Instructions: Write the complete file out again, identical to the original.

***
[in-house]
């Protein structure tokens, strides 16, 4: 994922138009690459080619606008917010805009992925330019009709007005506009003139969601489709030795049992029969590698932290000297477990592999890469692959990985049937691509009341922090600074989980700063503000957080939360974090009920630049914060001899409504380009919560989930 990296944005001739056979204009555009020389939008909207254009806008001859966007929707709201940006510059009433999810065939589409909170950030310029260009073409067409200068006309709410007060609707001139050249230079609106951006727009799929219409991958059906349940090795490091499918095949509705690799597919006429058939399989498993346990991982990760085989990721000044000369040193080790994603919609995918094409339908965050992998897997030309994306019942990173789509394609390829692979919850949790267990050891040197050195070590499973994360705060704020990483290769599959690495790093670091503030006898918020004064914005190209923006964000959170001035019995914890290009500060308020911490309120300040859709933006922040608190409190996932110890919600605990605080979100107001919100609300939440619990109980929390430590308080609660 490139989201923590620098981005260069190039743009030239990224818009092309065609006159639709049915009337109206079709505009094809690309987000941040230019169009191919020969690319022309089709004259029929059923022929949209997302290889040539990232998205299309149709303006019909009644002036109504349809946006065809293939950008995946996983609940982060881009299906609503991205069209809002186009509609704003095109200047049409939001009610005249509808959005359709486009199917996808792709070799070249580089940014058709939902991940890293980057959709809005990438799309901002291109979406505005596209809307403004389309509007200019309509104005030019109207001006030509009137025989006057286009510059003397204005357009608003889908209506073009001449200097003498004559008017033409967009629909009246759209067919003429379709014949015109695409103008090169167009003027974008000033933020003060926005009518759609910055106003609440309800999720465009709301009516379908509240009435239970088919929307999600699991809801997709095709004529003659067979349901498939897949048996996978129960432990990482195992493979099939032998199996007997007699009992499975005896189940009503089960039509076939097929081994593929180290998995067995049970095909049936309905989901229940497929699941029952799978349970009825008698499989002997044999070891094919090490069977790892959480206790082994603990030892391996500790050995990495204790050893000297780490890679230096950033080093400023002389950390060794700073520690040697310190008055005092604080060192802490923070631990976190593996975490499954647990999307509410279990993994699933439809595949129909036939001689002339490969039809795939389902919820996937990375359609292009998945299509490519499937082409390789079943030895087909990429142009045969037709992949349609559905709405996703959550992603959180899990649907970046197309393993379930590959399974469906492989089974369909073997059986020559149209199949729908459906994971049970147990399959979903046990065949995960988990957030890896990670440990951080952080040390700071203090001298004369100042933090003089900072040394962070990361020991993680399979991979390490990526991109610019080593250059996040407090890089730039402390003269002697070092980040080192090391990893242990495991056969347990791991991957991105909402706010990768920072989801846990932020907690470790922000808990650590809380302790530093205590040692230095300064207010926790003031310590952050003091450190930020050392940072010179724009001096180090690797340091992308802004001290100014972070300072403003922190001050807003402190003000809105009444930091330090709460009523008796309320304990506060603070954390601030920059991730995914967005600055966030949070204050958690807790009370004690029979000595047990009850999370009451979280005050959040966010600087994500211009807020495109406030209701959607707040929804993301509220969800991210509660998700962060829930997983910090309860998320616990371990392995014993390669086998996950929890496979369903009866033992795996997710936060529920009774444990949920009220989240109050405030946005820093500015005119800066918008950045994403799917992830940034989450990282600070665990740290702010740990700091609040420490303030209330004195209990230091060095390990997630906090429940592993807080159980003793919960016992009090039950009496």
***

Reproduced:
[in-house]
């Protein structure tokens, strides 16, 4: 994922138009690459080619606008917010805009992925330019009709007005506009003139969601489709030795049992029969590698932290000297477990592999890469692959990985049937691509009341922090600074989980700063503000957080939360974090009920630049914060001899409504380009919560989930 990296944005001739056979204009555009020389939008909207254009806008001859966007929707709201940006510059009433999810065939589409909170950030310029260009073409067409200068006309709410007060609707001139050249230079609106951006727009799929219409991958059906349940090795490091499918095949509705690799597919006429058939399989498993346990991982990760085989990721000044000369040193080790994603919609995918094409339908965050992998897997030309994306019942990173789509394609390829692979919850949790267990050891040197050195070590499973994360705060704020990483290769599959690495790093670091503030006898918020004064914005190209923006964000959170001035019995914890290009500060308020911490309120300040859709933006922040608190409190996932110890919600605990605080979100107001919100609300939440619990109980929390430590308080609660 490139989201923590620098981005260069190039743009030239990224818009092309065609006159639709049915009337109206079709505009094809690309987000941040230019169009191919020969690319022309089709004259029929059923022929949209997302290889040539990232998205299309149709303006019909009644002036109504349809946006065809293939950008995946996983609940982060881009299906609503991205069209809002186009509609704003095109200047049409939001009610005249509808959005359709486009199917996808792709070799070249580089940014058709939902991940890293980057959709809005990438799309901002291109979406505005596209809307403004389309509007200019309509104005030019109207001006030509009137025989006057286009510059003397204005357009608003889908209506073009001449200097003498004559008017033409967009629909009246759209067919003429379709014949015109695409103008090169167009003027974008000033933020003060926005009518759609910055106003609440309800999720465009709301009516379908509240009435239970088919929307999600699991809801997709095709004529003659067979349901498939897949048996996978129960432990990482195992493979099939032998199996007997007699009992499975005896189940009503089960039509076939097929081994593929180290998995067995049970095909049936309905989901229940497929699941029952799978349970009825008698499989002997044999070891094919090490069977790892959480206790082994603990030892391996500790050995990495204790050893000297780490890679230096950033080093400023002389950390060794700073520690040697310190008055005092604080060192802490923070631990976190593996975490499954647990999307509410279990993994699933439809595949129909036939001689002339490969039809795939389902919820996937990375359609292009998945299509490519499937082409390789079943030895087909990429142009045969037709992949349609559905709405996703959550992603959180899990649907970046197309393993379930590959399974469906492989089974369909073997059986020559149209199949729908459906994971049970147990399959979903046990065949995960988990957030890896990670440990951080952080040390700071203090001298004369100042933090003089900072040394962070990361020991993680399979991979390490990526991109610019080593250059996040407090890089730039402390003269002697070092980040080192090391990893242990495991056969347990791991991957991105909402706010990768920072989801846990932020907690470790922000808990650590809380302790530093205590040692230095300064207010926790003031310590952050003091450190930020050392940072010179724009001096180090690797340091992308802004001290100014972070300072403003922190001050807003402190003000809105009444930091330090709460009523008796309320304990506060603070954390601030920059991730995914967005600055966030949070204050958690807790009370004690029979000595047990009850999370009451979280005050959040966010600087994500211009807020495109406030209701959607707040929804993301509220969800991210509660998700962060829930997983910090309860998320616990371990392995014993390669086998996950929890496979369903009866033992795996997710936060529920009774444990949920009220989240109050405030946005820093500015005119800066918008950045994403799917992830940034989450990282600070665990740290702010740990700091609040420490303030209330004195209990230091060095390990997630906090429940592993807080159980003793919960016992009090039950009496």